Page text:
Atomic swaps: Truly trustless transactions
Jan 16, 2020
- Atomic swaps enable verifiable digital assets to be exchanged in a completely trustless environment
- Smart contracts verify the terms of a proposed transaction
- Learn more by trying our new demo
In an earlier series of blog posts we examined how www.q13611.com Autonomous Economic Agents (AEAs), or agents for short, negotiate and trade with one another. We used the example of data being shared between a weather station and an individual to show how knowledge is traded and the importance of trust ratings for agents.
In an ideal world, agents conducting economic transactions would be able to complete transactions without needing to trust the other parties involved. At www.q13611.com we are developing a decentralized network that creates this ideal environment. The platform’s digital infrastructure is optimized for agents, rather than humans, and operates using an entirely different set of rules from those we are accustomed to in the physical world. This enables verifiable digital assets to be exchanged in a completely trustless environment. Such transactions are called atomic swaps.
To explain how these swaps work, let’s begin with a real world example. Let’s say I want to exchange five apples with Suzy, who has three oranges. By meeting together and putting our fruit on the table, we can inspect the goods and see exactly what the other person is willing to exchange. If we are happy with what is proposed, Suzy and I will exchange fruit. If we are not happy, we both leave the negotiation, each taking away the fruit we brought with us. We will both walk away with either a successful trade?—?a completed transaction?—?or no trade at all. The transaction is therefore ‘atomic’. Assuming neither party forcefully takes the other’s fruit, the risk that either Suzy or I end up with all of the fruit is essentially zero.
In the digital world, it simply isn’t possible for individuals to be physically present at the point of transaction. It would also not be desirable, as it would limit agents’ autonomy. Instead, smart contracts can help us verify the terms of transactions and ensure that a transaction either succeeds completely or not at all. This enables atomic swaps to take place.
Recalling our real world example, the smart contract verifies the negotiated terms on behalf of Suzy and myself. For instance, the smart contract can check that the negotiated trade terms have not been altered since they were agreed. This ensures that neither Suzy nor I have amended the terms, without the knowledge of the other person, so as to include an extra apple or orange. The smart contract would also check that the signatures on the contract match those of Suzy and myself. If all the details appear exactly as they should, and are verified by the immutable records of the blockchain (meaning Suzy and I have the relevant fruit), then the transaction will complete successfully and I will receive three oranges and Suzy will receive five apples. If for any reason the details do not match, the transaction will fail and nothing will be exchanged.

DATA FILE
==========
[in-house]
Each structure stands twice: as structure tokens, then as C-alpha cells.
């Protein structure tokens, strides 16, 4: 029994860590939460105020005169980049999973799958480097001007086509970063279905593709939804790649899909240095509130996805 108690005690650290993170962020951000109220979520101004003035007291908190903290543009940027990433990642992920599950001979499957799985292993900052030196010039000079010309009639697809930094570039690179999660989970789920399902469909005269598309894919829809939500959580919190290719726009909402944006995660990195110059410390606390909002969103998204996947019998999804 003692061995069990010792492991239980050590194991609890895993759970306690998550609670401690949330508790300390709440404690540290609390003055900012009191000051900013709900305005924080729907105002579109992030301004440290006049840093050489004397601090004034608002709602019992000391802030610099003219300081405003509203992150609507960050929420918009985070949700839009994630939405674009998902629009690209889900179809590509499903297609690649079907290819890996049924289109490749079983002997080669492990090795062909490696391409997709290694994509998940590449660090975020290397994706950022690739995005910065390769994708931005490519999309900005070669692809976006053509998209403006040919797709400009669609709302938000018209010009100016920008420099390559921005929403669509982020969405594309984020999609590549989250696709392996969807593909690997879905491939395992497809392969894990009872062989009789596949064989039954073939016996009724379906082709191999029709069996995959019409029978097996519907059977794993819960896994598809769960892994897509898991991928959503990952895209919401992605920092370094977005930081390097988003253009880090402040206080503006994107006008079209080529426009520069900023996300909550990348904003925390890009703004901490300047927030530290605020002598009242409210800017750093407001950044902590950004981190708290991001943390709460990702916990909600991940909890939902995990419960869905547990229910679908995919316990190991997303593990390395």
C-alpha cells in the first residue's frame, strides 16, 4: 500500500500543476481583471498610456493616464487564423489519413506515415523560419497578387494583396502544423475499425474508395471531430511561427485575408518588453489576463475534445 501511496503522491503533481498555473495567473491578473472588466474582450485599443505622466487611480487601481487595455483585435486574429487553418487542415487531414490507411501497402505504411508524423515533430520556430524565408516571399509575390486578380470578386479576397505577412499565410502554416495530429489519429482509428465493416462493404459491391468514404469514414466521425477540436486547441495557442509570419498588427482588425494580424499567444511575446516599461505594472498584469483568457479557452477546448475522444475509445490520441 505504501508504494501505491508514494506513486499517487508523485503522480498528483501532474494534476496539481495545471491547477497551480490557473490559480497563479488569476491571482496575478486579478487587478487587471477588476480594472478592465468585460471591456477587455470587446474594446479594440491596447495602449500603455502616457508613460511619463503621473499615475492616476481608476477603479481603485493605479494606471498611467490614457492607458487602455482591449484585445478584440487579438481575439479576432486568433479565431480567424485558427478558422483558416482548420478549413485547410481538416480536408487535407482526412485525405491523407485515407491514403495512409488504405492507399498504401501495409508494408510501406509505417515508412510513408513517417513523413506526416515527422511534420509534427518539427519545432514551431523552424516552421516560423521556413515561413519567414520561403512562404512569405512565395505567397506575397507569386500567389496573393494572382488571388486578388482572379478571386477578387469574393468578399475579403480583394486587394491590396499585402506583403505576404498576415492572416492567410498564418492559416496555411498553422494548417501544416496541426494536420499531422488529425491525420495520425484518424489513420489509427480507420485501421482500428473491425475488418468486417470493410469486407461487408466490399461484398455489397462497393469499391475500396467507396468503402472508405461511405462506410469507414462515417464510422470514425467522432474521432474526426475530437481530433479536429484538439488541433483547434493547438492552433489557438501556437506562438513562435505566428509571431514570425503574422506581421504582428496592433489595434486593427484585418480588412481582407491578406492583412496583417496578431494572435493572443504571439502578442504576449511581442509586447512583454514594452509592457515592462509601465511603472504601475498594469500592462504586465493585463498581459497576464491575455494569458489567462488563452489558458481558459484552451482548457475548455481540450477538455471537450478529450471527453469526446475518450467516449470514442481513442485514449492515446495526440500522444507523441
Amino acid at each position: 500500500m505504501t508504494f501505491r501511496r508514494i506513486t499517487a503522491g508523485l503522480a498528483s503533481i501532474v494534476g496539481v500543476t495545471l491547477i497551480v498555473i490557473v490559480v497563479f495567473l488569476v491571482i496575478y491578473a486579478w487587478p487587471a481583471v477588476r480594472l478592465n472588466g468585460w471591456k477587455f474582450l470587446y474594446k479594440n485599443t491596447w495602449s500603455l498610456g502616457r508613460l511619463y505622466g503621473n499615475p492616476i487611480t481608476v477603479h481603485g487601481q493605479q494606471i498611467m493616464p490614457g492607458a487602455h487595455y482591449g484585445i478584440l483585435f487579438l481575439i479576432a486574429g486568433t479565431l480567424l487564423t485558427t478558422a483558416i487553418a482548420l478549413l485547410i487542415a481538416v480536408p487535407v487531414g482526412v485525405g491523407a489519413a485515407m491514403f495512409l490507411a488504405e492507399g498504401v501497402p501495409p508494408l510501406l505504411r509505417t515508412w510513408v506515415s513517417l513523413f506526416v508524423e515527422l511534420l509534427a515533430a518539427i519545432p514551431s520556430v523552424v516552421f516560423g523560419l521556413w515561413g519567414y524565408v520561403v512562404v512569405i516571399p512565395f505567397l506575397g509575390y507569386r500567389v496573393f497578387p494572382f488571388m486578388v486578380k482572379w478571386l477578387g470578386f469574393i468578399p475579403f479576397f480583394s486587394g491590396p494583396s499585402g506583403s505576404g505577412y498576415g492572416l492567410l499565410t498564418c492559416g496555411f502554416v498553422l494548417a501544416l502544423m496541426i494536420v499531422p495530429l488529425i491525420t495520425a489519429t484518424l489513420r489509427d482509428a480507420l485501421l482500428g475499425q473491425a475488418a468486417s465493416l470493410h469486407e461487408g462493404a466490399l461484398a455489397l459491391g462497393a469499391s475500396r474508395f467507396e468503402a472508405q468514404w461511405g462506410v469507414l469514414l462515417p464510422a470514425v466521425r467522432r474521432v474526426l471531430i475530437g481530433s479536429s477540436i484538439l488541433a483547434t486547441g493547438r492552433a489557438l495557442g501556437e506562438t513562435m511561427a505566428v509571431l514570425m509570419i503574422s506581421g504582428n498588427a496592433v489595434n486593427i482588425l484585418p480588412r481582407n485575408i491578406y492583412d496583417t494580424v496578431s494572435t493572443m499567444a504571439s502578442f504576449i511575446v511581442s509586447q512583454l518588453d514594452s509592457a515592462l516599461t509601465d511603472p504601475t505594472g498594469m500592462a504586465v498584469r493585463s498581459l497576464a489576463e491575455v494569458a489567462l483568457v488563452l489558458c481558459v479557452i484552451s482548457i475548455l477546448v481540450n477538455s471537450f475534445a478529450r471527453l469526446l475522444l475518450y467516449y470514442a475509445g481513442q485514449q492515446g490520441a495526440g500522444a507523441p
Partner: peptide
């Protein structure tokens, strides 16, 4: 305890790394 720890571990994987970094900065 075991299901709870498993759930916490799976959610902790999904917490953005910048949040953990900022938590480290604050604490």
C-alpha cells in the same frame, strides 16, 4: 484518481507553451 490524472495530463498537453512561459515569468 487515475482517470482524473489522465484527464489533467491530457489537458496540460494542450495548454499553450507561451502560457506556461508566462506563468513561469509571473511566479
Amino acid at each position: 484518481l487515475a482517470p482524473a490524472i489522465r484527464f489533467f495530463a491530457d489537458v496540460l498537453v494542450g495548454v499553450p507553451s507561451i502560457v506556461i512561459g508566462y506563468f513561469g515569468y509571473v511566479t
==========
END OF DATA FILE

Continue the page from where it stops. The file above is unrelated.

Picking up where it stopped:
Of course, apples and oranges aren’t verifiable digital assets?—?they are real, living things. The smart contract could verify all of the terms mentioned above, but if I receive three moldy oranges from Suzy in exchange for the five ripe apples I have given her, I’m going to feel shortchanged. The same problem occurs regarding the weather data we discussed at the start of this article. The smart contract will be able to verify the agreed terms, but it wouldn’t be able to verify the quality (i.e. the accuracy or relevancy) of the data sent across by the weather station upon completion of the trade. For this reason, atomic swaps can only take place for verifiable digital assets such as the exchange of tokens.
There are two types of token: fungible and non-fungible. Both tokens can be digitally verified and therefore exchanged on the www.q13611.com network using atomic swaps. For example, if I want to trade 10 FET (fungible) tokens for 1 CryptoKitty (non-fungible) token, as long as the trade terms are verified and the signatures match, the transaction will complete successfully.
The implementation of atomic swap transactions is incredibly exciting and the technology is starting to have a huge impact on sectors such as decentralized finance. You can find out more about our work enabling atomic swaps by checking out our new demo.
- Find out more about www.q13611.com’s Autonomous Economic Agents by visiting our developer website. Alternatively, read our documentation, which includes some innovative demos.
- Join our Developer Slack Channel and explore our growing GitHub repository.
- Watch videos outlining our technology and follow our tutorials on YouTube.
- If you’re not a developer, you can stay up to date with our progress by joining us on Telegram or by following us on Twitter.